- The Enterprise
- The Recorder
De’Shawn Kittrell knew he was walking into a dangerous spot.
On Sept. 27, the 19-year-old Great Mills High School graduate was in Khenjakak, Afghanistan, where the U.S. Army private first class was taking part in a pursuit of Taliban combatants who had earlier been shooting at soldiers in the Afghan army.
“It was like a little path, with two walls on the sides. They told me to go see, with a metal detector,” Kittrell said this week, of his entry into a place where an improvised explosive device with a pressure plate had been buried.
“It went off, and ... I got flipped in the air. I was lying on the ground,” he said. “I pretty much knew I had got blown up. I saw that I didn’t have anything on my right leg below the knee. I was more pissed off than I was scared.”
The teenager’s sister was the first to enlist, early last year, and he followed suit a few months later, quickly transitioning from helping as a mentor at Carver Elementary School to being a boot camp recruit who was deployed to Afghanistan in April.
James W. Kittrell Jr., a retired Navy petty officer first class, and Tamara Kittrell, a civilian employee with the Department of Defense, were out having dinner on her birthday that September evening when they got the phone call that their son had been severely injured.
“It’s a complete state of shock,” Tamara Kittrell said of her reaction. “We were going back into the restaurant to tell our friends what happened, [and] five minutes later, he called himself.”
“It was like a regular conversation,” James Kittrell said. “It was ‘I guess you heard what happened. I got my leg blown off.’ I let him tell the story. It was like it was nothing to him, like he cut his face shaving.”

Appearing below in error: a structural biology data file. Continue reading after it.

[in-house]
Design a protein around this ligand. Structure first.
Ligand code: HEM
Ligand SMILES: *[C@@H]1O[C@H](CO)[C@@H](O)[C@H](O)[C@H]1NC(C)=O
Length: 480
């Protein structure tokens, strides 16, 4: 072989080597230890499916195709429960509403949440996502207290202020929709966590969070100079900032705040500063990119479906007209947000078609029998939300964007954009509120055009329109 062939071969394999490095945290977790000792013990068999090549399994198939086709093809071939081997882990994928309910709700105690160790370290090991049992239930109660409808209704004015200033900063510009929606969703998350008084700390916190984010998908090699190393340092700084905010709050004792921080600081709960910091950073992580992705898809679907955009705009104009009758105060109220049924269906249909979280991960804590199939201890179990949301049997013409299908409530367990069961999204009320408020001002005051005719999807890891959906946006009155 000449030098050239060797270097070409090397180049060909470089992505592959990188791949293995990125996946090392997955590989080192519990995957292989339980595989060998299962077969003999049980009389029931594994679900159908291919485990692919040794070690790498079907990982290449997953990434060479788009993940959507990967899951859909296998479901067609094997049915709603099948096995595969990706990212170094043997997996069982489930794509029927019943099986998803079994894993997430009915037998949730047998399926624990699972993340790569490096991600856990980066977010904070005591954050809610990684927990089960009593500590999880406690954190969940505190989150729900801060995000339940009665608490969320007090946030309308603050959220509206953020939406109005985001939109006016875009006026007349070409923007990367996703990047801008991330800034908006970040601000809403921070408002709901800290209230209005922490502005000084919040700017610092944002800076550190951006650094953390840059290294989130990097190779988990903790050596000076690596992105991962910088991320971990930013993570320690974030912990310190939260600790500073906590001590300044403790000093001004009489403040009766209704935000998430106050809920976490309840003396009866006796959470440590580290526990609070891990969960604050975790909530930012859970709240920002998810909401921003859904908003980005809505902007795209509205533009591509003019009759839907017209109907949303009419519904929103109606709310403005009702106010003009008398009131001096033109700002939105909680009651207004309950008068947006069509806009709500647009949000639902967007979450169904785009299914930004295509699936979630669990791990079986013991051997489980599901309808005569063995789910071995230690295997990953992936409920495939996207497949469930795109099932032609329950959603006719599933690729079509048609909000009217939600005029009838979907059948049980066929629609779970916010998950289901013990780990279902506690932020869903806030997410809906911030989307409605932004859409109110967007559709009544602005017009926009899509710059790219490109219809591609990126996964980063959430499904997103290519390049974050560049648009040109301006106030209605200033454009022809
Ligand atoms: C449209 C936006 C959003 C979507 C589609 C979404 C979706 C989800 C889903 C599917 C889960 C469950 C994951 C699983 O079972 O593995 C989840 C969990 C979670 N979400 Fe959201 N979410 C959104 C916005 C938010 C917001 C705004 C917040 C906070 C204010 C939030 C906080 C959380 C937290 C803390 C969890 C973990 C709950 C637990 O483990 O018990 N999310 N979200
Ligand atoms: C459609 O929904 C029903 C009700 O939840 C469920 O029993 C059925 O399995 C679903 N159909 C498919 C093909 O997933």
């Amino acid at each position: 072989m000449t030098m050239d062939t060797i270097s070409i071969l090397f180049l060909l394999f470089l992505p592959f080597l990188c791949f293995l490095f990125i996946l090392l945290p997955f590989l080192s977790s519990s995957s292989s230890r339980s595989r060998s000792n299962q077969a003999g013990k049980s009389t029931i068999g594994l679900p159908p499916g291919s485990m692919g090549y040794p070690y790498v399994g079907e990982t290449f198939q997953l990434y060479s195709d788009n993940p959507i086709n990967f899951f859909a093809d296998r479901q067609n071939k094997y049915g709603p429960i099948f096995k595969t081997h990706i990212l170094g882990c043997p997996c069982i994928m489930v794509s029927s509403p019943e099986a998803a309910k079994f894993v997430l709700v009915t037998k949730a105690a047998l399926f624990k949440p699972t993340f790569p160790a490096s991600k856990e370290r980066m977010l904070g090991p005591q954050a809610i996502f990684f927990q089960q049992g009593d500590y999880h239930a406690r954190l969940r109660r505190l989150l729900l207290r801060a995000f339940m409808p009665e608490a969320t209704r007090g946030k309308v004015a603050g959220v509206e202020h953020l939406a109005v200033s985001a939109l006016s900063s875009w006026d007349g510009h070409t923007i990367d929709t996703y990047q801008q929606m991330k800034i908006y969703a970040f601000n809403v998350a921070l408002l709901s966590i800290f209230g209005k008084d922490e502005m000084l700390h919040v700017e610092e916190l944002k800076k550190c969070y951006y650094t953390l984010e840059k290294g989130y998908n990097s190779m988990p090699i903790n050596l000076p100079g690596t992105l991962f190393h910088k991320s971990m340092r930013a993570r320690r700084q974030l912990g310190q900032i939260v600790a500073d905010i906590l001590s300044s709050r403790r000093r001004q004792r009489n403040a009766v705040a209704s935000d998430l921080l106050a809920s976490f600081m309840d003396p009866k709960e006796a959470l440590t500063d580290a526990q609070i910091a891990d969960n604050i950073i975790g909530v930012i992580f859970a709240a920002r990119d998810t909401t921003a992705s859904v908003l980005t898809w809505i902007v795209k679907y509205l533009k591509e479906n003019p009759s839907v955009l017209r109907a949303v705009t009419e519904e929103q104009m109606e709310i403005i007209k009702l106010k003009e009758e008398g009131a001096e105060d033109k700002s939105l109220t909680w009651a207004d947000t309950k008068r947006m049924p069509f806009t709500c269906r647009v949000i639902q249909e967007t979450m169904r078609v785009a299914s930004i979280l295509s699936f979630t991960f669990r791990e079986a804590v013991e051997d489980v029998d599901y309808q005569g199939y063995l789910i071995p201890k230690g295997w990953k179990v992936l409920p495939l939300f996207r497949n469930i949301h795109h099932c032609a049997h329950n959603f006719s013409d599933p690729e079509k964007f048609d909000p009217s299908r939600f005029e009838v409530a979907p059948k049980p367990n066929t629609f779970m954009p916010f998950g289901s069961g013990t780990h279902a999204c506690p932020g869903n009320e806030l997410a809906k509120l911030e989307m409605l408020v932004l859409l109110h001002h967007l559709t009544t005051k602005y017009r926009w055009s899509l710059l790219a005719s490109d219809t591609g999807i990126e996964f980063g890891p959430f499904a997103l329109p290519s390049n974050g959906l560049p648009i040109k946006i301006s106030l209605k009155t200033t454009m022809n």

De’Shawn Kittrell received medical care in Afghanistan and Germany, before he arrived at Walter Reed National Military Medical Center in Washington, D.C., where this week he was becoming more adept at getting himself in and out of bed as he continues building his upper-body strength and preparing to be fitted with a prosthesis.
“I’m basically excelling very well,” he said, including recovering from a broken tibia in his other leg. “I really don’t think about [the explosion] anymore. A lot of people have different limbs that are lost. Some people have a lot more. I see myself as extremely lucky.”
His parents see him as a hero, as they anticipate his return home by Thanksgiving. “We’re extremely proud of him,” Tamara Kittrell said at the couple’s Great Mills home. “He was doing what he was supposed to be doing. He was there for a mission. He was doing his job. From the moment we found out, he’s been nothing but upbeat.”
“He is a soldier,” his father said.
De’Shawn Kittrell said he hopes to continue to be one.
“I plan on staying in,” he said. “It all depends on your injuries and how you perform. It all depends on what they want me to do.”